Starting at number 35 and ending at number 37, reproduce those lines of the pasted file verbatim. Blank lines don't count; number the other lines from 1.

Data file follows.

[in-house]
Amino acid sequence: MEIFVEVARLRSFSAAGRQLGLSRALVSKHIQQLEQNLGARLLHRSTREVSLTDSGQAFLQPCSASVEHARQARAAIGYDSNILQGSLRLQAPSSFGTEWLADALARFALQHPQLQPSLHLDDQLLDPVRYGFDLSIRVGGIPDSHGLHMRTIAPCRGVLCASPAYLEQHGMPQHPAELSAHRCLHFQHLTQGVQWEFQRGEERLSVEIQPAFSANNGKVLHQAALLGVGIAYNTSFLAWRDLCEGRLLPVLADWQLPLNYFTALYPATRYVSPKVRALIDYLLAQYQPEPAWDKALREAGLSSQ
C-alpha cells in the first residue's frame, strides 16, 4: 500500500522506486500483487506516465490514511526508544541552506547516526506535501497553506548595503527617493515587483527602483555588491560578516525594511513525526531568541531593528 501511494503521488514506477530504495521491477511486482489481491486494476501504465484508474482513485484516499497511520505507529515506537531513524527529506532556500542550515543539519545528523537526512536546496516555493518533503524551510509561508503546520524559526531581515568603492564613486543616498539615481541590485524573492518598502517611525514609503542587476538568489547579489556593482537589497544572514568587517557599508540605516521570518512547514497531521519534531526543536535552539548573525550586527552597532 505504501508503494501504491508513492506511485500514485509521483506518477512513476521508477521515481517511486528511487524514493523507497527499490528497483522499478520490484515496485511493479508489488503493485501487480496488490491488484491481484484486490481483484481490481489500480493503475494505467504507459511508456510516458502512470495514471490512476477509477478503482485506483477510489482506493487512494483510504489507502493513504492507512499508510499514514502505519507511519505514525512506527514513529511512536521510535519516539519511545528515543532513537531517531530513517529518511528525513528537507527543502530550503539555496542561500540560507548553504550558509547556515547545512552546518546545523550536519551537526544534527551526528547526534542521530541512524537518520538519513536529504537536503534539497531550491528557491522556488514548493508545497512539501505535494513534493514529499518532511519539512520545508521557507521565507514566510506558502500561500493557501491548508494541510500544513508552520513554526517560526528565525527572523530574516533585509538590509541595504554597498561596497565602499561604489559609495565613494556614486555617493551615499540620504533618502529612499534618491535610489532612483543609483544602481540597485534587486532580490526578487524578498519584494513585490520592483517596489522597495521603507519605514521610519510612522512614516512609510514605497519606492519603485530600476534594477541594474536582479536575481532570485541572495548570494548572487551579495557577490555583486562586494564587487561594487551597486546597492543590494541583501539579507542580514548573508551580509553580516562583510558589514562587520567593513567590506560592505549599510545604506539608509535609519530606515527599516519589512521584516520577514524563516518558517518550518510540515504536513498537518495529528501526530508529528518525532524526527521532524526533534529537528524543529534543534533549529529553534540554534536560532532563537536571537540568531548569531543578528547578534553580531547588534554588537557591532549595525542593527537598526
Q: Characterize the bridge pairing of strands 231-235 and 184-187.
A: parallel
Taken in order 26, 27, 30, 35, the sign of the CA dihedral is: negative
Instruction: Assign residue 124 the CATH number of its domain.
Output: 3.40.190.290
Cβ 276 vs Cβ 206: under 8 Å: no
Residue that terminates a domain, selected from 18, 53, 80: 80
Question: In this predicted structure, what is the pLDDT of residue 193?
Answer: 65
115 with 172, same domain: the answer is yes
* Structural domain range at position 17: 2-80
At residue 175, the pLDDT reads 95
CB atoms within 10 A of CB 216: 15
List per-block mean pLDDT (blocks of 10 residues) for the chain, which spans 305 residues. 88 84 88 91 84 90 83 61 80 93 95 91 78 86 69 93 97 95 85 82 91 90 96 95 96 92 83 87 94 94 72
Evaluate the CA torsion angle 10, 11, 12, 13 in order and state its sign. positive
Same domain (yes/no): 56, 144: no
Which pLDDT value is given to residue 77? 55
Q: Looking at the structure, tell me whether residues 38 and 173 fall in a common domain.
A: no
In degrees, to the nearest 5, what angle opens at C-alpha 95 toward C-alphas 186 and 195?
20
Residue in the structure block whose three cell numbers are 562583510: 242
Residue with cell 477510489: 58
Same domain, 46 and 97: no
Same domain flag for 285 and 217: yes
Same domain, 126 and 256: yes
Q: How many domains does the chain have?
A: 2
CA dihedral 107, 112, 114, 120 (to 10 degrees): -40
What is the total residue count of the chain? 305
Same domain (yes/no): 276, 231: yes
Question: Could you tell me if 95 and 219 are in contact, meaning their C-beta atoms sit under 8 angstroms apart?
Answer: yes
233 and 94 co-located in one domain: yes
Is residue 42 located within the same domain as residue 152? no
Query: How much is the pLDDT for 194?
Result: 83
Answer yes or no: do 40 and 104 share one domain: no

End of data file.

Question: Could you tell me if 95 and 219 are in contact, meaning their C-beta atoms sit under 8 angstroms apart?
Answer: yes
233 and 94 co-located in one domain: yes